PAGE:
Arthur Phillips

A tricky storyteller on three contemporaries whose work he sincerely loves.

Arthur Phillips won plaudits for his novel Prague — a trenchantly observed tale of young Americans abroad — and his books since have spanned continents, eras and genres.  His forthcoming novel may be his most ambitious: The Tragedy of Arthur  follows a protagonist named Arthur Phillips who discovers an unknown play by Shakespeare — which appears, at full length, in the book.

When we invited the author to tell us a bit about some of his favorite books, Phillips asked that we include the following caveat: “I have taken a fair amount of grief for my policy of only reading dead people. This began accidentally: there are a lot of them to read (more every day) and I haven’t read them all yet. Then, as I became a writer, it was self-protection: I am less cripplingly jealous of a good novel by a dead person than one by the other kind. And yet, here are three novels I read this year, almost completely without jealousy, only with admiration, by writers who are not only kicking, but still early in what I hope will be long, glorious careers.”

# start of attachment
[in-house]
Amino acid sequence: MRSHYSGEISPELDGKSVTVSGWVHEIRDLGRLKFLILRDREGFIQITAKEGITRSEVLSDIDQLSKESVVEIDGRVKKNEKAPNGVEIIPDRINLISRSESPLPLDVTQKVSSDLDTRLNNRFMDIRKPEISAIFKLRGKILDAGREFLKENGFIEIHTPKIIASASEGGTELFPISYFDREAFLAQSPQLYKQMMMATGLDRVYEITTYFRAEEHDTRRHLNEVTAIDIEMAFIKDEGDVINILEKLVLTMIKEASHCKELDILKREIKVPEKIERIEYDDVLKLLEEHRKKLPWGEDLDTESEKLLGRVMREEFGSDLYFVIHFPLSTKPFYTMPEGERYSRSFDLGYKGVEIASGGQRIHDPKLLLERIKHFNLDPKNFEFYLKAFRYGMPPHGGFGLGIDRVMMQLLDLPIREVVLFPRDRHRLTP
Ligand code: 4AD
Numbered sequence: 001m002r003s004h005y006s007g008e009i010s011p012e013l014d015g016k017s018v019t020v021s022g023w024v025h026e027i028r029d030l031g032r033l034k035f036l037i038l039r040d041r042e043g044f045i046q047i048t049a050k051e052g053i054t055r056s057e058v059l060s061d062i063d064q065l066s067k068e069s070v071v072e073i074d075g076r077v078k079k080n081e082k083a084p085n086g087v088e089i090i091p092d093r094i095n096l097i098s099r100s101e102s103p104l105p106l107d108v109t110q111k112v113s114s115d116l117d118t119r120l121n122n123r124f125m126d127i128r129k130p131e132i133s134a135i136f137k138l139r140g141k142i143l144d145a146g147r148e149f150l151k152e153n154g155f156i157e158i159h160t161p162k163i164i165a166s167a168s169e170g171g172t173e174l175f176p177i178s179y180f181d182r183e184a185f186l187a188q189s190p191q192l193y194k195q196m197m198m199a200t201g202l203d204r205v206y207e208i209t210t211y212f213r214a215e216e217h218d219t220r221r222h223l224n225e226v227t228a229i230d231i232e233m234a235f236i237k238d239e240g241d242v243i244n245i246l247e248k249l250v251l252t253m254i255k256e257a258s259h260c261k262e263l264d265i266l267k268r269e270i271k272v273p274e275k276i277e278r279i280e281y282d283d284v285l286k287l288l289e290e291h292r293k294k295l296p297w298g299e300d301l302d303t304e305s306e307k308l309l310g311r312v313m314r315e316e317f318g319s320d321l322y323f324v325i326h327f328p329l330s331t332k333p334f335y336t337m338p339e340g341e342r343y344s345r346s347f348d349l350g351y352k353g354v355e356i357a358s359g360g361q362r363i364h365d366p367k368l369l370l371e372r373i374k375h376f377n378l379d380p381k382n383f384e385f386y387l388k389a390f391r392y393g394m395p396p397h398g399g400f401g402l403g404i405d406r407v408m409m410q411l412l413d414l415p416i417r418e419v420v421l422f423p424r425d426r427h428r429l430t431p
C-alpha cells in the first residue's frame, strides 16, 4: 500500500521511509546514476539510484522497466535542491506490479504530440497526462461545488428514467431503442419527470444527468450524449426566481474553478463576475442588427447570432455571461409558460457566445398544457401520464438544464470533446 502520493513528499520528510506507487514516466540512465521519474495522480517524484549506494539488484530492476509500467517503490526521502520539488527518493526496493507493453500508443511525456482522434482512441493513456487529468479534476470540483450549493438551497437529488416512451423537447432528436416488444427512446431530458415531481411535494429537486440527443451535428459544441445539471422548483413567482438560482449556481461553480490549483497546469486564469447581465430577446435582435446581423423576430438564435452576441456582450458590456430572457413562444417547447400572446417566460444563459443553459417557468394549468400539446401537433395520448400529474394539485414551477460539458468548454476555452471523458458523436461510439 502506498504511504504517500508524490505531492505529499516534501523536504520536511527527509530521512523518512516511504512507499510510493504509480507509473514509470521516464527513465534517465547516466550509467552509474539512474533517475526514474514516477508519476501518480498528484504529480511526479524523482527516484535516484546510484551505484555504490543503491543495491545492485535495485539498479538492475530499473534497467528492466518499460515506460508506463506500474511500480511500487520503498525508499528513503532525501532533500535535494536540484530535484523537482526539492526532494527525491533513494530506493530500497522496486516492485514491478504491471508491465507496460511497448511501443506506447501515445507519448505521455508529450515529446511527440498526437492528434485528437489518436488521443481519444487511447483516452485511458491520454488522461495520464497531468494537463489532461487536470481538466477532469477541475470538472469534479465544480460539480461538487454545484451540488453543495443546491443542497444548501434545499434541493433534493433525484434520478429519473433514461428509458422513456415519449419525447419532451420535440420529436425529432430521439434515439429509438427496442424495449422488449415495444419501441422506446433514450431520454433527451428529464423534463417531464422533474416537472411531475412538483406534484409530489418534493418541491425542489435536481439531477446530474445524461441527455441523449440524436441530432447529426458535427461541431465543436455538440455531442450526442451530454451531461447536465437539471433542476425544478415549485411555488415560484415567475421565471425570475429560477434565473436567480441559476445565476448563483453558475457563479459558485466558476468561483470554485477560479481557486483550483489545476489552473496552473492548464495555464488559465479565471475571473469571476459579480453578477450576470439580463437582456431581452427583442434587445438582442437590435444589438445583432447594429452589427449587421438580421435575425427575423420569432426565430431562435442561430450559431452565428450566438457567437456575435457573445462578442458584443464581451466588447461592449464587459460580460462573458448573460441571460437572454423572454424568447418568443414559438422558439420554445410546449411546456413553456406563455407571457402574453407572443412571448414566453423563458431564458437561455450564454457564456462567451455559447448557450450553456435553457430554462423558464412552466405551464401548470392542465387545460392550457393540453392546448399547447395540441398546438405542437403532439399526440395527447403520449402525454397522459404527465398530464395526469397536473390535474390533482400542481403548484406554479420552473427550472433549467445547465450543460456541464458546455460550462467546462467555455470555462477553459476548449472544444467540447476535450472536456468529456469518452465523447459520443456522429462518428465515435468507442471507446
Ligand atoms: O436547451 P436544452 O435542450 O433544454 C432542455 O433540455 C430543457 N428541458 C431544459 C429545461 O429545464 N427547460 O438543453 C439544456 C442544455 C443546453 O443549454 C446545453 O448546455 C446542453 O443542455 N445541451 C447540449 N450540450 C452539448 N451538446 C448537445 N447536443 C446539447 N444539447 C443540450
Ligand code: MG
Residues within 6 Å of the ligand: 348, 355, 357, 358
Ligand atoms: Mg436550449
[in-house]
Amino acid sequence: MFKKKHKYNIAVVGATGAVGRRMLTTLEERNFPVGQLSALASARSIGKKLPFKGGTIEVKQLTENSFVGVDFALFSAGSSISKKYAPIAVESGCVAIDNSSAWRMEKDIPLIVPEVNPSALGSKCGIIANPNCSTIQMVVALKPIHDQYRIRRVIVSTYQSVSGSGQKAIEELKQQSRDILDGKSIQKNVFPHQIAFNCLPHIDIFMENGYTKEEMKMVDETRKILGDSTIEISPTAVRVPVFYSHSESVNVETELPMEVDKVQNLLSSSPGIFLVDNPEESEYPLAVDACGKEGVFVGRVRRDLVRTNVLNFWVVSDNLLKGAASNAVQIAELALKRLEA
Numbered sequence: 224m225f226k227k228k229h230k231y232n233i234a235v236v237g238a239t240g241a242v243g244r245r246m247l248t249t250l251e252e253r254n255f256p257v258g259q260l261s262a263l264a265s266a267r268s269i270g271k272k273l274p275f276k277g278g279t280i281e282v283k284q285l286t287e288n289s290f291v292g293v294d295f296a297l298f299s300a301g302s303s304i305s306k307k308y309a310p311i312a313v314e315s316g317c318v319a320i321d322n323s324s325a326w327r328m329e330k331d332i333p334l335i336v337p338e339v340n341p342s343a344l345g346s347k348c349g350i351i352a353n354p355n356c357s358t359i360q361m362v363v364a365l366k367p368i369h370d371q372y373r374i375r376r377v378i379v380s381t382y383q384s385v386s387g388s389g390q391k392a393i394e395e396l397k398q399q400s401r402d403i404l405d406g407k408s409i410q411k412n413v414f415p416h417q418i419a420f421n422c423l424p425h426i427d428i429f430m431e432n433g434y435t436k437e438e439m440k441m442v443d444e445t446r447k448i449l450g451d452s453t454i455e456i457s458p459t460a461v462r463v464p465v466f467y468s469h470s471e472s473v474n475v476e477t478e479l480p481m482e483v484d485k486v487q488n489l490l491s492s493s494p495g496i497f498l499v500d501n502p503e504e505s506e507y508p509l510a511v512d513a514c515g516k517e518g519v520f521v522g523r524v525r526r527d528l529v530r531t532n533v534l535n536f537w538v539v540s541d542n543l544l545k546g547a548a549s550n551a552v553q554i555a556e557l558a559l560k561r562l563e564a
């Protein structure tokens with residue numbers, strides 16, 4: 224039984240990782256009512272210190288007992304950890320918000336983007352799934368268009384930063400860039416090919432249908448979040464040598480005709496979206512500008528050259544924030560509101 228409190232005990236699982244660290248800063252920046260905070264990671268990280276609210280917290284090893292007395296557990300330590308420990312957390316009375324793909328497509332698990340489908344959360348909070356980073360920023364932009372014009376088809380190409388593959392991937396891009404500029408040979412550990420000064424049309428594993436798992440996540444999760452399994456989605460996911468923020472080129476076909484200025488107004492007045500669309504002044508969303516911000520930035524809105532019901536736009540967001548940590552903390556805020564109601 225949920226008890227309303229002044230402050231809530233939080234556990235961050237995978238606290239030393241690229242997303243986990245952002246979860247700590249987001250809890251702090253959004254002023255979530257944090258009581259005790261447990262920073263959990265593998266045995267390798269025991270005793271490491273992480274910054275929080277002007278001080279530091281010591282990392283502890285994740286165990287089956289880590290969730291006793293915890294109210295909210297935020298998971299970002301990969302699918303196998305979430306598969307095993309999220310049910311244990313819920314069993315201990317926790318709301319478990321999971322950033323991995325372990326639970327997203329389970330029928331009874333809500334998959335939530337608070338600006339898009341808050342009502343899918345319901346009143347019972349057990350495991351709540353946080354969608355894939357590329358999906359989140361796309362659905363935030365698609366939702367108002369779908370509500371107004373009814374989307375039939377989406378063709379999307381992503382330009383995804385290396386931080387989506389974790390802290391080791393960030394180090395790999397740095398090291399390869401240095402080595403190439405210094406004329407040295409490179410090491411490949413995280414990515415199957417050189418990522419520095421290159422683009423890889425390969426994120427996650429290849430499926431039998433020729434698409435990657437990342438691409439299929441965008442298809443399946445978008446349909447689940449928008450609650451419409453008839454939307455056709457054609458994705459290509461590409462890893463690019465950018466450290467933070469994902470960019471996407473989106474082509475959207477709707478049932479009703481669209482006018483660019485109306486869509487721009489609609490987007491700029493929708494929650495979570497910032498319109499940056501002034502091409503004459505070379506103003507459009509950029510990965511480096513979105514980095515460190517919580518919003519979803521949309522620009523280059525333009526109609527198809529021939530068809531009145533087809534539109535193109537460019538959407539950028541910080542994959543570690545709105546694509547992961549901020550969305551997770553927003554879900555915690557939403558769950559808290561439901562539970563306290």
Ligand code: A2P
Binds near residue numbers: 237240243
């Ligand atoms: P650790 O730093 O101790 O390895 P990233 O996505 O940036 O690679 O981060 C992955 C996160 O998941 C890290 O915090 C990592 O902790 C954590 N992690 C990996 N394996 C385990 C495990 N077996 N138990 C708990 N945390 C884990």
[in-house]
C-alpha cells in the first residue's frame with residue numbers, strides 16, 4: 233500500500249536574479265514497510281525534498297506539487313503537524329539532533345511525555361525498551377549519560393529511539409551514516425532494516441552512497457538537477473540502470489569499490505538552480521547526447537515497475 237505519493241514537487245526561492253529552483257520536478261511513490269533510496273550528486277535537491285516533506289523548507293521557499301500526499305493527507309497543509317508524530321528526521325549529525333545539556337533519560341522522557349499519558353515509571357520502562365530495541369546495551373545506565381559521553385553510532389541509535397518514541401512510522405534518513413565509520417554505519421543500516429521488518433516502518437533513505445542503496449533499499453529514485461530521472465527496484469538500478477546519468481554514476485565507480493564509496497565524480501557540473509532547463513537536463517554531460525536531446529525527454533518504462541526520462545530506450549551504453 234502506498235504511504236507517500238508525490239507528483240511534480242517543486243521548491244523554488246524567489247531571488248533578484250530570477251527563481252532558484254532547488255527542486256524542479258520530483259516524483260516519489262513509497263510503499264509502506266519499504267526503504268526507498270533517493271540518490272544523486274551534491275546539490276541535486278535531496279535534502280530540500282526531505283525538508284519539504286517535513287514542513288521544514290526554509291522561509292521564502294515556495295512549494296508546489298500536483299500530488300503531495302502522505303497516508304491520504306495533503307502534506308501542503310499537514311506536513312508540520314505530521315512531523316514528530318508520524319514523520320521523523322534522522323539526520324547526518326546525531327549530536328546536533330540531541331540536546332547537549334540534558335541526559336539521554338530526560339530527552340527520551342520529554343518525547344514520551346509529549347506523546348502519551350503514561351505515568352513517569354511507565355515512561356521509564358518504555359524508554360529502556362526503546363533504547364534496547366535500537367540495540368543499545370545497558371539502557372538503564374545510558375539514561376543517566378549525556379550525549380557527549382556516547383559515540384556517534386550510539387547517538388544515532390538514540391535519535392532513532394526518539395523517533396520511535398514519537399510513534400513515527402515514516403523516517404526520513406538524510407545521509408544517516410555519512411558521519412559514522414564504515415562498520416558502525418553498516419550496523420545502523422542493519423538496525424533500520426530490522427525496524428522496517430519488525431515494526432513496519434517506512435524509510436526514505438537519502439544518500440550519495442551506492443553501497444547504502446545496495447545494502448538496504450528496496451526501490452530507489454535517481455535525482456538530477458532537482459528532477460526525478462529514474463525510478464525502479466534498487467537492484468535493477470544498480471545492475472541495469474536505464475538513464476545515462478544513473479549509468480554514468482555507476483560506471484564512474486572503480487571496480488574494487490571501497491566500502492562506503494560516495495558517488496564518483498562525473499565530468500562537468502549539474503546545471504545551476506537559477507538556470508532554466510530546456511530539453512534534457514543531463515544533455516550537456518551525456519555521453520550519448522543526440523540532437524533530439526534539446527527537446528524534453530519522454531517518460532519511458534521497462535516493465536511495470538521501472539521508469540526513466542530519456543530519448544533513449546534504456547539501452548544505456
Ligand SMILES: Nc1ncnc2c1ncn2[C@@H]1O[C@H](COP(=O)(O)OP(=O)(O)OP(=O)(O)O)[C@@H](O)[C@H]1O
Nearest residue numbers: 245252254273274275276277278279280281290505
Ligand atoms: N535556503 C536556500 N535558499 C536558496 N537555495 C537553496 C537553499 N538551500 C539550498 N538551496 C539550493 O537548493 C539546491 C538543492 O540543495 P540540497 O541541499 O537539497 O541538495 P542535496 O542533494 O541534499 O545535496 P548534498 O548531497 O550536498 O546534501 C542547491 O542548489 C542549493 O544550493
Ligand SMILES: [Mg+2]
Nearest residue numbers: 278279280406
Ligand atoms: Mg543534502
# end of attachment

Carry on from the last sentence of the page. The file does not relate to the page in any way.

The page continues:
Books by Arthur Phillips

Ten Thousand Saints

By Eleanor Henderson

“A first novel, and you have to wait until July for it, but then snap it up. Set in New York and New Hampshire in the 1980s, a story of music and drugs and growing up and losing friends and moving on. It’s about CBGBs and straight-edge and mixed families and characters unlike anything in my experience, yet still felt precisely and movingly drawn. Youth, this story reminded me in a beautiful coda, is something we survive in order to make a life.”

The King of Kings County

By Whitney Terrell

“A second novel. Terrell has been compared to John Irving, and while that’s not unfair, it doesn’t begin to do him justice. He is funny and wise, observant and entertaining, empathetic and yet remorseless in depicting injustice. This novel, set in Kansas City in the 1950s, tells a profound family history while also revealing the skeletons and scandals upon which great cities are often built—the tangled roots of modern segregation.”

Personal Days

By Ed Park

“Another debut. In one of those odd burps of culture, 2007-8 produced two novels about office politics and sociology written in the first person plural, Personal Days and And Then We Came to the End. Park’s book is the less well-known, but very undeservedly. It is extremely funny, dead-on in its descriptions of slacker work ethics and corporate compromise. And, then, out of nowhere, it’s somehow very moving, showing how youth’s fragile idealism can shatter under the weight of bad decisions and economics.”